AWS News Blog

Amazon Elastic Inference – GPU-Powered Deep Learning Inference Acceleration

One of the reasons for the recent progress of Artificial Intelligence and Deep Learning is the fantastic computing capabilities of Graphics Processing Units (GPU). About ten years ago, researchers learned how to harness their massive hardware parallelism for Machine Learning and High Performance Computing: curious minds will enjoy the seminal paper (PDF) published in 2009 by Stanford University.

Today, GPUs help developers and data scientists train complex models on massive data sets for medical image analysis or autonomous driving. For instance, the Amazon EC2 P3 family lets you use up to eight NVIDIA V100 GPUs in the same instance, for up to 1 PetaFLOP of mixed-precision performance: can you believe that 10 years ago this was the performance of the fastest supercomputer ever built?

Of course, training a model is half the story: what about inference, i.e. putting the model to work and predicting results for new data samples? Unfortunately, developers are often stumped when the time comes to pick an instance type and size. Indeed, for larger models, the inference latency of CPUs may not meet the needs of online applications, while the cost of a full-fledged GPU may not be justified. In addition, resources like RAM and CPU may be more important to the overall performance of your application than raw inference speed.

For example, let’s say your power-hungry application requires a c5.9xlarge instance ($1.53 per hour in us-east-1): a single inference call with an SSD model would take close to 400 milliseconds, which is certainly too slow for real-time interaction. Moving your application to a p2.xlarge instance (the most inexpensive general-purpose GPU instance at $0.90 per hour in us-east-1) would improve inference performance to 180 milliseconds: then again, this would impact application performance as p2.xlarge has less vCPUs and less RAM.

Well, no more compromising. Today, I’m very happy to announce Amazon Elastic Inference, a new service that lets you attach just the right amount of GPU-powered inference acceleration to any Amazon EC2 instance. This is also available for Amazon SageMaker notebook instances and endpoints, bringing acceleration to built-in algorithms and to deep learning environments.

Pick the best CPU instance type for your application, attach the right amount of GPU acceleration and get the best of both worlds! Of course, you can use EC2 Auto Scaling to add and remove accelerated instances whenever needed.

Introducing Amazon Elastic Inference

Amazon Elastic Inference supports popular machine learning frameworks TensorFlow, Apache MXNet and ONNX (applied via MXNet). Changes to your existing code are minimal, but you will need to use AWS-optimized builds which automatically detect accelerators attached to instances, ensure that only authorized access is allowed, and distribute computation across the local CPU resource and the attached accelerator. These builds are available in the AWS Deep Learning AMIs, on Amazon S3 so you can build it into your own image or container, and provided automatically when you use Amazon SageMaker.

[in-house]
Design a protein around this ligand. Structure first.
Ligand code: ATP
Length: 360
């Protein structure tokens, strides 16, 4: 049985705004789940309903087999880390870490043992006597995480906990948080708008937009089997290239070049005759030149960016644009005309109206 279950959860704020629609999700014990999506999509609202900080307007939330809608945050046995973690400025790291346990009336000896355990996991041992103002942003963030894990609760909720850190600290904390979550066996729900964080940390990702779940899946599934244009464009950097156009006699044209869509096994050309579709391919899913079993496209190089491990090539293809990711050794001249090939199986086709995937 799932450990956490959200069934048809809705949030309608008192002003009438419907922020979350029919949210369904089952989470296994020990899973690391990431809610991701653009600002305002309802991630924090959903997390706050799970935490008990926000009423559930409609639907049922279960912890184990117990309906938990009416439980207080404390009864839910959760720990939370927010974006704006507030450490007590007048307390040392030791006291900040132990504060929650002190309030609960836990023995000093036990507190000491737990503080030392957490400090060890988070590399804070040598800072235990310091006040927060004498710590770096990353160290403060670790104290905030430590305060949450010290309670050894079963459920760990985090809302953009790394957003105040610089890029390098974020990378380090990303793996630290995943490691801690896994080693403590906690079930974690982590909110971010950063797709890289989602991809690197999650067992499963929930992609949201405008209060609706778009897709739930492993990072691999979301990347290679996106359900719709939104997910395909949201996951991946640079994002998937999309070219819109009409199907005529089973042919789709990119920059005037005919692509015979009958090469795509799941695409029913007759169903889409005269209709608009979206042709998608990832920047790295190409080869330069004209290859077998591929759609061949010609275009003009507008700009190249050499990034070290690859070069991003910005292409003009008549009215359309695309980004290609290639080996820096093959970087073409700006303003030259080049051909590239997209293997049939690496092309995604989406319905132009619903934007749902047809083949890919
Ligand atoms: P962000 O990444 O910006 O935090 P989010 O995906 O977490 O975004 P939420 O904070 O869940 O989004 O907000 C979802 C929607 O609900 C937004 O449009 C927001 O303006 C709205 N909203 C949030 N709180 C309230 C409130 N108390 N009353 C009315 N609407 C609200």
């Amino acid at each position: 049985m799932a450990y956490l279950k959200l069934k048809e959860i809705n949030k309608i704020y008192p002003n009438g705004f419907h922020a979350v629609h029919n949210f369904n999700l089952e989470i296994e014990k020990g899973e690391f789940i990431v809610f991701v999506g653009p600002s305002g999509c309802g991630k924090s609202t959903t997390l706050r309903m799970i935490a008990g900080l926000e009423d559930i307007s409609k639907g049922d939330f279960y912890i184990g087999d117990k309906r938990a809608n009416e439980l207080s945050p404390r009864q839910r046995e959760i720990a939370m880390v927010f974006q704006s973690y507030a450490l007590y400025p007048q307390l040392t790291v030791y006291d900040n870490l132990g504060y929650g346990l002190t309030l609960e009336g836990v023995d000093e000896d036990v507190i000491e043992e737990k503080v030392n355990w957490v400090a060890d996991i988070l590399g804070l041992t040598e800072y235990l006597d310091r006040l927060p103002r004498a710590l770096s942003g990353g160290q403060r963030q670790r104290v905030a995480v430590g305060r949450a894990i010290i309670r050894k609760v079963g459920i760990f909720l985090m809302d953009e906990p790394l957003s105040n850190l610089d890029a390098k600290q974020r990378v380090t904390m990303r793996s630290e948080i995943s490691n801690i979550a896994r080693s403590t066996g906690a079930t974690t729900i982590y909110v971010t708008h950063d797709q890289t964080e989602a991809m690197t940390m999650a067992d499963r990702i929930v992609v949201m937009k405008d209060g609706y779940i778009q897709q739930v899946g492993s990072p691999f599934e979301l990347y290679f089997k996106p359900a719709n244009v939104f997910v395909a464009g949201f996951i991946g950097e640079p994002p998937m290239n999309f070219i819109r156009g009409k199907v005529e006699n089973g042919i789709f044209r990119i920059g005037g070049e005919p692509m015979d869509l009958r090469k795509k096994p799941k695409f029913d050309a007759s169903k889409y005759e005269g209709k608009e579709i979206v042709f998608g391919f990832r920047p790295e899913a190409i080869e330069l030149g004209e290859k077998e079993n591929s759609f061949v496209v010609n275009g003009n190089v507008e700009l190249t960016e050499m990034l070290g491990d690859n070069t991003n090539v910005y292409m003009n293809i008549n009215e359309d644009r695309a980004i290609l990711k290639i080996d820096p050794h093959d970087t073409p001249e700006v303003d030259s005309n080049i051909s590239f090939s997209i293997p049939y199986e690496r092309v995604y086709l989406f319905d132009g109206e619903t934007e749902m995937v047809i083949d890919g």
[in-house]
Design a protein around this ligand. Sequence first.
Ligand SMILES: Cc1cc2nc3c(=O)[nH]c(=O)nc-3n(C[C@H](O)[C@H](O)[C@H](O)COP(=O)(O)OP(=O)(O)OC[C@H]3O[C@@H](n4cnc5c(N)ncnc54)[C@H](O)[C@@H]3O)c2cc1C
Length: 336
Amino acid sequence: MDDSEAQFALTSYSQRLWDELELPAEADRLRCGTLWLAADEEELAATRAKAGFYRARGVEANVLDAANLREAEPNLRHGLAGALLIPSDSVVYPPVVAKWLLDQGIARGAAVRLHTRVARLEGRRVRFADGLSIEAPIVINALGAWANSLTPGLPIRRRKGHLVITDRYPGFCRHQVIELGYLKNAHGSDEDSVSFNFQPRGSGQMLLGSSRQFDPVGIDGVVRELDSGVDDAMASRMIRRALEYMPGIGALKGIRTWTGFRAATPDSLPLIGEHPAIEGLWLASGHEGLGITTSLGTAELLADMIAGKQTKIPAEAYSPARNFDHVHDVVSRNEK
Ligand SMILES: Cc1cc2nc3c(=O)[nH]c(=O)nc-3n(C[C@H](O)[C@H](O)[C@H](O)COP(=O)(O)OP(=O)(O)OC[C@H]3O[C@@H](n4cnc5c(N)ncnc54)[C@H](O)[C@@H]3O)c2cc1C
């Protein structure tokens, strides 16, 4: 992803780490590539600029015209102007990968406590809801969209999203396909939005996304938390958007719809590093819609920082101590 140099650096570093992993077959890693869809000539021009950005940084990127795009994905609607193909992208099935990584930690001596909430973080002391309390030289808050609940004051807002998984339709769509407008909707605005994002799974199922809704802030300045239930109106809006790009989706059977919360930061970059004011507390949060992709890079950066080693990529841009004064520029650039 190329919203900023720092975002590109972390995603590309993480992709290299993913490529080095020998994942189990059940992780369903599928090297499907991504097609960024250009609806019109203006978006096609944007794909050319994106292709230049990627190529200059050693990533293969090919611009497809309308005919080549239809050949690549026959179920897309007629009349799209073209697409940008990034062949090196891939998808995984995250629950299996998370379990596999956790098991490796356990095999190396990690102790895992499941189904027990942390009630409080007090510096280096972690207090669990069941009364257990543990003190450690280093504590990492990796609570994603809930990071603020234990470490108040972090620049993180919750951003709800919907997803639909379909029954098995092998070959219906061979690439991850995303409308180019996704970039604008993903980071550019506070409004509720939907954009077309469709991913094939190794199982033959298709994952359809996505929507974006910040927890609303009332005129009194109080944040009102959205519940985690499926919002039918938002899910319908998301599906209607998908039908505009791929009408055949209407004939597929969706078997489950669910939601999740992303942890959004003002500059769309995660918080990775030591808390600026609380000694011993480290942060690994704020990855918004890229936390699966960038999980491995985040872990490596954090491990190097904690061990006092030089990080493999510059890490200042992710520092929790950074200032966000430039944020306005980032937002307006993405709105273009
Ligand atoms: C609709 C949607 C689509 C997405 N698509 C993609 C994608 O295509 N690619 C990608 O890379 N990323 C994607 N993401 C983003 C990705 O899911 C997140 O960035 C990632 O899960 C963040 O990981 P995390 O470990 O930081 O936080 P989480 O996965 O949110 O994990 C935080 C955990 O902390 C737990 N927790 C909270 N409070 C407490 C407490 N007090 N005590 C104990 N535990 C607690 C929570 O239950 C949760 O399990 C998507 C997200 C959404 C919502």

Amazon Elastic Inference is available in three sizes, making it efficient for a wide range of inference models including computer vision, natural language processing, and speech recognition.

  • eia1.medium: 8 TeraFLOPs of mixed-precision performance.
  • eia1.large: 16 TeraFLOPs of mixed-precision performance.
  • eia1.xlarge: 32 TeraFLOPs of mixed-precision performance.

This lets you select the best price/performance ratio for your application. For instance, a c5.large instance configured with eia1.medium acceleration will cost you $0.22 an hour (us-east-1). This combination is only 10-15% slower than a p2.xlarge instance, which hosts a dedicated NVIDIA K80 GPU and costs $0.90 an hour (us-east-1). Bottom line: you get a 75% cost reduction for equivalent GPU performance, while picking the exact instance type that fits your application.

Let’s dive in and look at Apache MXNet and TensorFlow examples on an Amazon EC2 instance.

Setting up Amazon Elastic Inference

Here are the high-level steps required to use the service with an Amazon EC2 instance.

  1. Create a security group for the instance allowing only incoming SSH traffic.
  2. Create an IAM role for the instance, allowing it to connect to the Amazon Elastic Inference service.
  3. Create a VPC endpoint for Amazon Elastic Inference in the VPC where the instance will run, attaching a security group allowing only incoming HTTPS traffic from the instance. Please note that you’ll only have to do this once per VPC and that charges for the endpoint are included in the cost of the accelerator.